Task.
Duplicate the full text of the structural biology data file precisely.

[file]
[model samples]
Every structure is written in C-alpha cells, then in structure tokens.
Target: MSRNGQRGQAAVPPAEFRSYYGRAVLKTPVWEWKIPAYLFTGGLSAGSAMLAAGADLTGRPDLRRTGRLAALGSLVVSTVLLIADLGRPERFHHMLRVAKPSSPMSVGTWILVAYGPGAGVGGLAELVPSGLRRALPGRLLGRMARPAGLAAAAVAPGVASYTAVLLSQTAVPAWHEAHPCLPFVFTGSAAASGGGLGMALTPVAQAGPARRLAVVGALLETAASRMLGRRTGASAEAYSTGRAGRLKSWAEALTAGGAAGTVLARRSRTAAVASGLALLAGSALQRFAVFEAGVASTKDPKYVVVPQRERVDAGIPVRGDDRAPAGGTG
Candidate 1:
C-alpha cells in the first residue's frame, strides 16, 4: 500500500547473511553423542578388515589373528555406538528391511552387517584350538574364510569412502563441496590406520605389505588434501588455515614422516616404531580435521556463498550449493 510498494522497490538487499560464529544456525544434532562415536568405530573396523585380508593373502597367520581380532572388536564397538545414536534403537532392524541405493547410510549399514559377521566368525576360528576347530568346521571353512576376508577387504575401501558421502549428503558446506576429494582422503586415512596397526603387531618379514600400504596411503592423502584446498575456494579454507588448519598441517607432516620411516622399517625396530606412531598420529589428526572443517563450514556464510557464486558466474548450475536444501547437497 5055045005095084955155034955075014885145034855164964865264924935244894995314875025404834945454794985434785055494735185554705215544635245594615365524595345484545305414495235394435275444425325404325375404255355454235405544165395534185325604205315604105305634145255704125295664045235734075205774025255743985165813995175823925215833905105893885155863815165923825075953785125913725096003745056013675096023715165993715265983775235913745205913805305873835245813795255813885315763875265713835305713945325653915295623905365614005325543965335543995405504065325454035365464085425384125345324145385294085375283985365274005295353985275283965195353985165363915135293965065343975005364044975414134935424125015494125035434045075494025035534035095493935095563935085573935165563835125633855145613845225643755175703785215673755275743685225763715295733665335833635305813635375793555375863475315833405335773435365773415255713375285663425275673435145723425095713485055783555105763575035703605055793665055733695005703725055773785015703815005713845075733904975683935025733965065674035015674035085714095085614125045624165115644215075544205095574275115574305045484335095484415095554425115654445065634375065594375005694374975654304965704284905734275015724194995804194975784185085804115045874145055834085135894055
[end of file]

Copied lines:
[model samples]
Every structure is written in C-alpha cells, then in structure tokens.
Target: MSRNGQRGQAAVPPAEFRSYYGRAVLKTPVWEWKIPAYLFTGGLSAGSAMLAAGADLTGRPDLRRTGRLAALGSLVVSTVLLIADLGRPERFHHMLRVAKPSSPMSVGTWILVAYGPGAGVGGLAELVPSGLRRALPGRLLGRMARPAGLAAAAVAPGVASYTAVLLSQTAVPAWHEAHPCLPFVFTGSAAASGGGLGMALTPVAQAGPARRLAVVGALLETAASRMLGRRTGASAEAYSTGRAGRLKSWAEALTAGGAAGTVLARRSRTAAVASGLALLAGSALQRFAVFEAGVASTKDPKYVVVPQRERVDAGIPVRGDDRAPAGGTG
Candidate 1:
C-alpha cells in the first residue's frame, strides 16, 4: 500500500547473511553423542578388515589373528555406538528391511552387517584350538574364510569412502563441496590406520605389505588434501588455515614422516616404531580435521556463498550449493 510498494522497490538487499560464529544456525544434532562415536568405530573396523585380508593373502597367520581380532572388536564397538545414536534403537532392524541405493547410510549399514559377521566368525576360528576347530568346521571353512576376508577387504575401501558421502549428503558446506576429494582422503586415512596397526603387531618379514600400504596411503592423502584446498575456494579454507588448519598441517607432516620411516622399517625396530606412531598420529589428526572443517563450514556464510557464486558466474548450475536444501547437497 5055045005095084955155034955075014885145034855164964865264924935244894995314875025404834945454794985434785055494735185554705215544635245594615365524595345484545305414495235394435275444425325404325375404255355454235405544165395534185325604205315604105305634145255704125295664045235734075205774025255743985165813995175823925215833905105893885155863815165923825075953785125913725096003745056013675096023715165993715265983775235913745205913805305873835245813795255813885315763875265713835305713945325653915295623905365614005325543965335543995405504065325454035365464085425384125345324145385294085375283985365274005295353985275283965195353985165363915135293965065343975005364044975414134935424125015494125035434045075494025035534035095493935095563935085573935165563835125633855145613845225643755175703785215673755275743685225763715295733665335833635305813635375793555375863475315833405335773435365773415255713375285663425275673435145723425095713485055783555105763575035703605055793665055733695005703725055773785015703815005713845075733904975683935025733965065674035015674035085714095085614125045624165115644215075544205095574275115574305045484335095484415095554425115654445065634375065594375005694374975654304965704284905734275015724194995804194975784185085804115045874145055834085135894055